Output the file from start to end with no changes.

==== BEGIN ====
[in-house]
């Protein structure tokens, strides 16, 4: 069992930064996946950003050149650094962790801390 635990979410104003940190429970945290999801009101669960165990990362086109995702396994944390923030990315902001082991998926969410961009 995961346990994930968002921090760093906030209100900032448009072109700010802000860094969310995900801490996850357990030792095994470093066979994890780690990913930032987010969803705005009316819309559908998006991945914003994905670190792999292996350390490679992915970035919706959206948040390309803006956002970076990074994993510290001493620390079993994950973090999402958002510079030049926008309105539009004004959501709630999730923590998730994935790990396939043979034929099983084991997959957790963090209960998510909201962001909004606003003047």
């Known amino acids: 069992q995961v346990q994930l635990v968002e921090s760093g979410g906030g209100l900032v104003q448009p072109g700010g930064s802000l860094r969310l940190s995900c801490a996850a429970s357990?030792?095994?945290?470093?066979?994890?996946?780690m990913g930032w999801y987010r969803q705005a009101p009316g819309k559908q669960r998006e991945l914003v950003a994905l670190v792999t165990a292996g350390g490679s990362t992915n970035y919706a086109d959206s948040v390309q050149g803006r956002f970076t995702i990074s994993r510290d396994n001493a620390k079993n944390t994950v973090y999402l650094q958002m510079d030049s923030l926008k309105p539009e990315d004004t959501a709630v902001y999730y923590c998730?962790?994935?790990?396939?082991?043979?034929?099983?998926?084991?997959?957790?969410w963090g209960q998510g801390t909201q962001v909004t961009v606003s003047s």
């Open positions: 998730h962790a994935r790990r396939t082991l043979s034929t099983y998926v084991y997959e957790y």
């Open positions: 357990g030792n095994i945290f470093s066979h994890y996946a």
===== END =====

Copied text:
[in-house]
């Protein structure tokens, strides 16, 4: 069992930064996946950003050149650094962790801390 635990979410104003940190429970945290999801009101669960165990990362086109995702396994944390923030990315902001082991998926969410961009 995961346990994930968002921090760093906030209100900032448009072109700010802000860094969310995900801490996850357990030792095994470093066979994890780690990913930032987010969803705005009316819309559908998006991945914003994905670190792999292996350390490679992915970035919706959206948040390309803006956002970076990074994993510290001493620390079993994950973090999402958002510079030049926008309105539009004004959501709630999730923590998730994935790990396939043979034929099983084991997959957790963090209960998510909201962001909004606003003047």
């Known amino acids: 069992q995961v346990q994930l635990v968002e921090s760093g979410g906030g209100l900032v104003q448009p072109g700010g930064s802000l860094r969310l940190s995900c801490a996850a429970s357990?030792?095994?945290?470093?066979?994890?996946?780690m990913g930032w999801y987010r969803q705005a009101p009316g819309k559908q669960r998006e991945l914003v950003a994905l670190v792999t165990a292996g350390g490679s990362t992915n970035y919706a086109d959206s948040v390309q050149g803006r956002f970076t995702i990074s994993r510290d396994n001493a620390k079993n944390t994950v973090y999402l650094q958002m510079d030049s923030l926008k309105p539009e990315d004004t959501a709630v902001y999730y923590c998730?962790?994935?790990?396939?082991?043979?034929?099983?998926?084991?997959?957790?969410w963090g209960q998510g801390t909201q962001v909004t961009v606003s003047s």
């Open positions: 998730h962790a994935r790990r396939t082991l043979s034929t099983y998926v084991y997959e957790y």
């Open positions: 357990g030792n095994i945290f470093s066979h994890y996946a």